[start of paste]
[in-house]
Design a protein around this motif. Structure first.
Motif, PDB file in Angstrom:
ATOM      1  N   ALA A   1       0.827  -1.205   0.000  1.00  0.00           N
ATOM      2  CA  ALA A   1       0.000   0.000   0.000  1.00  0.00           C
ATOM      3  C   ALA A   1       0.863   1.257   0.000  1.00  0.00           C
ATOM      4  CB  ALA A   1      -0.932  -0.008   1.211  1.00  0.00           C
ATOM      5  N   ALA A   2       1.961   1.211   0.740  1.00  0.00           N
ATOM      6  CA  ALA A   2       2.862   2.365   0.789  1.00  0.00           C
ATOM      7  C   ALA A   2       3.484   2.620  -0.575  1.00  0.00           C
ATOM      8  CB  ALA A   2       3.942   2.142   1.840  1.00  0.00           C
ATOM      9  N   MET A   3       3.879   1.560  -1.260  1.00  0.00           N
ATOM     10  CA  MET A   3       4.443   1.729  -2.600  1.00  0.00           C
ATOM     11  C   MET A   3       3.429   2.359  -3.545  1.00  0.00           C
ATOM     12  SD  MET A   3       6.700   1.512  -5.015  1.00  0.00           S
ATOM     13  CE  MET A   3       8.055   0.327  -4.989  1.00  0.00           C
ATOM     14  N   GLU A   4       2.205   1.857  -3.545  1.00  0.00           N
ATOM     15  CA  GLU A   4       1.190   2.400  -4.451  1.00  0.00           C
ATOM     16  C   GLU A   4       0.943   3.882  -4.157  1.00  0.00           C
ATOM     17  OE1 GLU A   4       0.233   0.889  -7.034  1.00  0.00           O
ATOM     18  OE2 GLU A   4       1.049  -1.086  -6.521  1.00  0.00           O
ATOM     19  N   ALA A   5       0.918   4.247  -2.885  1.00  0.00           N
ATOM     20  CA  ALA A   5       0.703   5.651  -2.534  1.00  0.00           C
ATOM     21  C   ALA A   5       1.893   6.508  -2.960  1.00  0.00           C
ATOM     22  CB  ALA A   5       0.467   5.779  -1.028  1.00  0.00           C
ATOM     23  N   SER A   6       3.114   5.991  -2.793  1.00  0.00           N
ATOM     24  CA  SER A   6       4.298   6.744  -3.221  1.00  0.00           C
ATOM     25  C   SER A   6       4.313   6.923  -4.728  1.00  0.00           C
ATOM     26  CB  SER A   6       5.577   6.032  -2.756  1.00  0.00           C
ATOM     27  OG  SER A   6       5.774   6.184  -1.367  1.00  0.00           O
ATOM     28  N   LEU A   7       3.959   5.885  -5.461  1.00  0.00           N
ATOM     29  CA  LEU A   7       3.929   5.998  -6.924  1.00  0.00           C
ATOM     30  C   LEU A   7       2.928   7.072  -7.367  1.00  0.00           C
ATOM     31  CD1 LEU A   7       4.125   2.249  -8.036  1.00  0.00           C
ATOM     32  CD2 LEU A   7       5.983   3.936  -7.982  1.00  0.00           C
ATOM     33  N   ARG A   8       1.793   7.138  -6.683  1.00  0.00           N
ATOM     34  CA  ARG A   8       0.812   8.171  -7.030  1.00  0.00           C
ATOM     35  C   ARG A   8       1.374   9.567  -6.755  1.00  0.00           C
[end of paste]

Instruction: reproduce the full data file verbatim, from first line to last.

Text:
[in-house]
Design a protein around this motif. Structure first.
Motif, PDB file in Angstrom:
ATOM      1  N   ALA A   1       0.827  -1.205   0.000  1.00  0.00           N
ATOM      2  CA  ALA A   1       0.000   0.000   0.000  1.00  0.00           C
ATOM      3  C   ALA A   1       0.863   1.257   0.000  1.00  0.00           C
ATOM      4  CB  ALA A   1      -0.932  -0.008   1.211  1.00  0.00           C
ATOM      5  N   ALA A   2       1.961   1.211   0.740  1.00  0.00           N
ATOM      6  CA  ALA A   2       2.862   2.365   0.789  1.00  0.00           C
ATOM      7  C   ALA A   2       3.484   2.620  -0.575  1.00  0.00           C
ATOM      8  CB  ALA A   2       3.942   2.142   1.840  1.00  0.00           C
ATOM      9  N   MET A   3       3.879   1.560  -1.260  1.00  0.00           N
ATOM     10  CA  MET A   3       4.443   1.729  -2.600  1.00  0.00           C
ATOM     11  C   MET A   3       3.429   2.359  -3.545  1.00  0.00           C
ATOM     12  SD  MET A   3       6.700   1.512  -5.015  1.00  0.00           S
ATOM     13  CE  MET A   3       8.055   0.327  -4.989  1.00  0.00           C
ATOM     14  N   GLU A   4       2.205   1.857  -3.545  1.00  0.00           N
ATOM     15  CA  GLU A   4       1.190   2.400  -4.451  1.00  0.00           C
ATOM     16  C   GLU A   4       0.943   3.882  -4.157  1.00  0.00           C
ATOM     17  OE1 GLU A   4       0.233   0.889  -7.034  1.00  0.00           O
ATOM     18  OE2 GLU A   4       1.049  -1.086  -6.521  1.00  0.00           O
ATOM     19  N   ALA A   5       0.918   4.247  -2.885  1.00  0.00           N
ATOM     20  CA  ALA A   5       0.703   5.651  -2.534  1.00  0.00           C
ATOM     21  C   ALA A   5       1.893   6.508  -2.960  1.00  0.00           C
ATOM     22  CB  ALA A   5       0.467   5.779  -1.028  1.00  0.00           C
ATOM     23  N   SER A   6       3.114   5.991  -2.793  1.00  0.00           N
ATOM     24  CA  SER A   6       4.298   6.744  -3.221  1.00  0.00           C
ATOM     25  C   SER A   6       4.313   6.923  -4.728  1.00  0.00           C
ATOM     26  CB  SER A   6       5.577   6.032  -2.756  1.00  0.00           C
ATOM     27  OG  SER A   6       5.774   6.184  -1.367  1.00  0.00           O
ATOM     28  N   LEU A   7       3.959   5.885  -5.461  1.00  0.00           N
ATOM     29  CA  LEU A   7       3.929   5.998  -6.924  1.00  0.00           C
ATOM     30  C   LEU A   7       2.928   7.072  -7.367  1.00  0.00           C
ATOM     31  CD1 LEU A   7       4.125   2.249  -8.036  1.00  0.00           C
ATOM     32  CD2 LEU A   7       5.983   3.936  -7.982  1.00  0.00           C
ATOM     33  N   ARG A   8       1.793   7.138  -6.683  1.00  0.00           N
ATOM     34  CA  ARG A   8       0.812   8.171  -7.030  1.00  0.00           C
ATOM     35  C   ARG A   8       1.374   9.567  -6.755  1.00  0.00           C